Plath Research Essay Research Paper BiblioghraphyBlue light

Plath Research Essay, Research Paper


Blue light clear atoms

Ariel, published by Harper & Row, 1966

The Bell Jar (1963)

Sylvia Plath

Sylvia Plath was born in Boston in

1932. She grew up in a comfortably

middle-class style and attended

Smith College. She suffered a

breakdown at the end of her junior

year of college, but recovered well

enough to return and excel during

her senior year, receiving various

prizes and graduating summa cum

laude. In 1955, having been awarded

a Fulbright scholarship, she began

two years at Cambridge University.

There she met and married the

British poet Ted Hughes and settled in England, bearing two

children. Her first book of poems, The Colossus (1960),

demonstrated her precocious talent, but was far more

conventional than the work that followed. Having studied with

Robert Lowell in 1959 and been influenced by the “confessional”

style of his collection Life Studies, she embarked on the new

work that made her posthumous reputation as a major poet. A

terrifying record of her encroaching mental illness, the poems

that were collected after her suicide (at age 31) in 1963 in the

volumes Ariel, Crossing the Water, and Winter Trees are

graphically macabre, hallucinatory in their imagery, but full of

ironic wit, technical brilliance, and tremendous emotional power.

Her Selected Poems were published by Ted Hughes in 1985.

Morning Song

Sylvia Plath

Love set you going like a fat gold watch.

The midwife slapped your footsoles, and your bald cry

Took its place among the elements.

Our voices echo, magnifying your arrival. New statue.

In a drafty museum, your nakedness

Shadows our safety. We stand round blankly as walls.

I’m no more your mother

Than the cloud that distills a mirror to reflect its own slow

Effacement at the wind’s hand.

All night your moth-breath

Flickers among the flat pink roses. I wake to listen:

A far sea moves in my ear.

One cry, and I stumble from bed, cow-heavy and floral

In my Victorian nightgown.

Your mouth opens clean as a cat’s. The window square

Whitens and swallows its dull stars. And now you try

Your handful of notes;

The clear vowels rise like balloons.

Nick and the Candlestick

by Sylvia Plath

I am a miner. The light burns blue.

Waxy stalactites

Drip and thicken, tears

The earthen womb

Exudes from its dead boredom.

Black bat airs

Wrap me, raggy shawls,

Cold homicides.

They weld to me like plums.

Old cave of calcium

Icicles, old echoer.

Even the newts are white,

Those holy Joes.

And the fish, the fish

Christ! They are panes of ice,

A vice of knives,

A piranha

Religion, drinking

Its first communion out of my live toes.

The candle

Gulps and recovers its small altitude,

Its yellows hearten.

O love, how did you get here?

O embryo

Remembering, even in sleep,

Your crossed position.

The blood blooms clean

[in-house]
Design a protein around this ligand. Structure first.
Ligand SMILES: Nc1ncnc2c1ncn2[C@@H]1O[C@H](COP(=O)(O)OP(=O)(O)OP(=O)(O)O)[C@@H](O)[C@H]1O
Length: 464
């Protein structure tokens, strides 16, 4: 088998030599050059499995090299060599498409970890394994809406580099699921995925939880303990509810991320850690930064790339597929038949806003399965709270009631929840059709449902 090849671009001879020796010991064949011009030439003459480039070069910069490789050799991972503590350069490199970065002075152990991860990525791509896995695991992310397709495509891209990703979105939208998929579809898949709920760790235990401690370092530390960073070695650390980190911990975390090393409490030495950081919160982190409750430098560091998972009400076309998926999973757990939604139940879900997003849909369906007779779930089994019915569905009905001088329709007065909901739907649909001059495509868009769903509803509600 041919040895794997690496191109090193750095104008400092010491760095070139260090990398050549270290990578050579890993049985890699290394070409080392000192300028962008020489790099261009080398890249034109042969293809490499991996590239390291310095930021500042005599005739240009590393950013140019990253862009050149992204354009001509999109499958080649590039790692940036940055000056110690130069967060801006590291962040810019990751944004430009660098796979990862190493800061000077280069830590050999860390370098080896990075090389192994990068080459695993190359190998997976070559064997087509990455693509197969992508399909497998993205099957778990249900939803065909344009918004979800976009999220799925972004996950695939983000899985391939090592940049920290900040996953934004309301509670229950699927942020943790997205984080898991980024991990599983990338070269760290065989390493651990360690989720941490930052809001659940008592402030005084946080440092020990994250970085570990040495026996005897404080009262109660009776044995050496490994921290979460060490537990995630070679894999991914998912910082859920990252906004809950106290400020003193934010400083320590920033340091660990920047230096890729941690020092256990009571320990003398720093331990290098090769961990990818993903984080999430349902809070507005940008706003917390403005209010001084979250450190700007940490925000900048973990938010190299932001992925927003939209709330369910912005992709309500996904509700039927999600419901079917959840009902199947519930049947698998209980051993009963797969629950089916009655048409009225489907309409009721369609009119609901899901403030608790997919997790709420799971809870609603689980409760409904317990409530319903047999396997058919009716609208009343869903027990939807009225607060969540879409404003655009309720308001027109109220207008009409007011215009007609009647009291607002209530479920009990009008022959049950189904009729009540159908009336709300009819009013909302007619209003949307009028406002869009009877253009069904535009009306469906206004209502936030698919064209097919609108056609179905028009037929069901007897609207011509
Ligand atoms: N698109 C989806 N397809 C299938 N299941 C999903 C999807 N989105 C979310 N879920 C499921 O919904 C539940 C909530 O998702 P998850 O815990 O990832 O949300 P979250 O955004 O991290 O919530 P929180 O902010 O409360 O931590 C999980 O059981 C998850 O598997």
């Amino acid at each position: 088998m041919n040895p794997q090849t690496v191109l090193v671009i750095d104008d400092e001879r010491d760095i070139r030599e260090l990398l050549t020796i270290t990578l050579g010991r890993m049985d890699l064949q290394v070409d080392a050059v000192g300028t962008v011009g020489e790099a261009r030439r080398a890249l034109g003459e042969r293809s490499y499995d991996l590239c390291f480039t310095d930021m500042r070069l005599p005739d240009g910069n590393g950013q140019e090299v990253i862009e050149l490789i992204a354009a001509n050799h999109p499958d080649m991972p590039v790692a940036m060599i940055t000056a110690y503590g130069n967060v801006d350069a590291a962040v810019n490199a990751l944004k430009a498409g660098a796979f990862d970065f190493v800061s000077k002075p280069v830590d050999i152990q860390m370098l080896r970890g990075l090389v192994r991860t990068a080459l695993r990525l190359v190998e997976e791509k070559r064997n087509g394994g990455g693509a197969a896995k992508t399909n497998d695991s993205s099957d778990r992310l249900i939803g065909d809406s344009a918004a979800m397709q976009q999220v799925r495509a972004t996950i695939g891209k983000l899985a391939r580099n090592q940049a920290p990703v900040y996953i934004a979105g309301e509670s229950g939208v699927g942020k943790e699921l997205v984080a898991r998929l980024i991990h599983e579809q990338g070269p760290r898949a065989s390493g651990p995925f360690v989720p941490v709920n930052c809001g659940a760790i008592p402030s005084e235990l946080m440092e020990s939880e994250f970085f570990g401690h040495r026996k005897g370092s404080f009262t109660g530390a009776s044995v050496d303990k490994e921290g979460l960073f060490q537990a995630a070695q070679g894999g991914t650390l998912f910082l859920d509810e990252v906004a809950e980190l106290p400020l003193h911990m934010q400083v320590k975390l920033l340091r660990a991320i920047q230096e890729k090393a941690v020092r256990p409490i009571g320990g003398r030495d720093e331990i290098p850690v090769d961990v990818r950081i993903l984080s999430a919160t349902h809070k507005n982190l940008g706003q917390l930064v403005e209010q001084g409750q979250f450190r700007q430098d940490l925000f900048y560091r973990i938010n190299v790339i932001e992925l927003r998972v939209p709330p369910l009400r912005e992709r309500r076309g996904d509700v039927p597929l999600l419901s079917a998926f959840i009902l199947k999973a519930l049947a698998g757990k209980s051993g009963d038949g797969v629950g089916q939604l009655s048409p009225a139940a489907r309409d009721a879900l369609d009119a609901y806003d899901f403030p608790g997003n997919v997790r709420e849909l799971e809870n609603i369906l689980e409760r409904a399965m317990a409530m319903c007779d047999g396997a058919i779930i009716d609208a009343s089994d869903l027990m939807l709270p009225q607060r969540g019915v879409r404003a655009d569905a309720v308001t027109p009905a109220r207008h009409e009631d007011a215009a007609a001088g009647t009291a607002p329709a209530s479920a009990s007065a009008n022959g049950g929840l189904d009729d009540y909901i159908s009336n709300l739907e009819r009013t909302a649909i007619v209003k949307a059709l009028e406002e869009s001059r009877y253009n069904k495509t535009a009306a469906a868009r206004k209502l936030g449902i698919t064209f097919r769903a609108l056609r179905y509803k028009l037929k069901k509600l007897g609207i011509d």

In you, ruby.

The pain

You wake to is not yours.

Love, love,

I have hung our cave with roses.

With soft rugs

The last of Victoriana.

Let the stars

Plummet to their dark address,

Let the mercuric

Atoms that cripple drip

Into the terrible well,

You are the one

Solid the spaces lean on, envious.

You are the baby in the barn.

By Candlelight

This is winter, this is night, small love —

A sort of black horsehair,

A rough, dumb country stuff

Steeled with the sheen

Of what green stars can make it to our gate.

I hold you in my arm.

It is very late.

The dull bells tongue the hour.

The mirror floats us at one candle power.

This is the fluid in which we meet each other,

This haloey radiance that seems to breathe

And lets our shadows wither

Only to blow

Them huge again, violent giants on the wall.

One match scratch makes you real.

At first the candle will not bloom at all —

It snuffs its bud to almost nothing, to a dull blue dud.

I hold my breath until you creak to life,

Balled hedgehog,

Small and cross. The yellow knife

Grows tall. You clutch your bars.

My singing makes you roar.

I rock you like a boat

Across the Indian carpet, the cold floor,

While the brass man

Kneels, back bent as best he can

Hefting his white pillar with the light

That keeps the sky at bay,

The sack of black! It is everywhere, tight, tight!

He is all yours, the little brassy Atlas —

Poor heirloom, all you have

At his heels a pile of five brass cannonballs,

No child, no wife.

Five balls! Five bright brass balls!

To juggle with, my love when the sky falls.


Clownlike, happiest on your hands,

Feet to the stars, and moon-skulled,

Gilled like a fish. A common-sense

Thumbs-down on the dodo’s mode.

Wrapped up in yourself like a spool,

Trawling your dark as owls do.

Mute as a turnip from the Fourth

Of July to All Fool’s Day,

O high-riser, my little loaf.

Vague as fog and looked for like mail.

Farther off than Australia.

Bent-backed Atlas, our travelled prawn.

Snug as a bud and at home

Like a sprat in a pickle jug.

A creel of eels, all ripples.

Jumpy as a Mexican bean.

Right, like a well-done sum.

A clean slate, with your own face on.

Mary’s Song

The Sunday lamb cracks in its fat.

The fat

Sacrifices its opacity….

A window, holy gold.

The fire makes it precious,

The same fire

Melting the tallow heretics,

Ousting the Jews.

Their thick palls float

Over the cicatrix of Poland, burnt-out


They do not die.

Grey birds obsess my heart,

Mouth-ash, ash of eye.

They settle. On the high


That emptied one man into space

The ovens glowed like heavens, incandescent.

It is a heart,

This holocaust I walk in,

O golden child the world will kill and eat.


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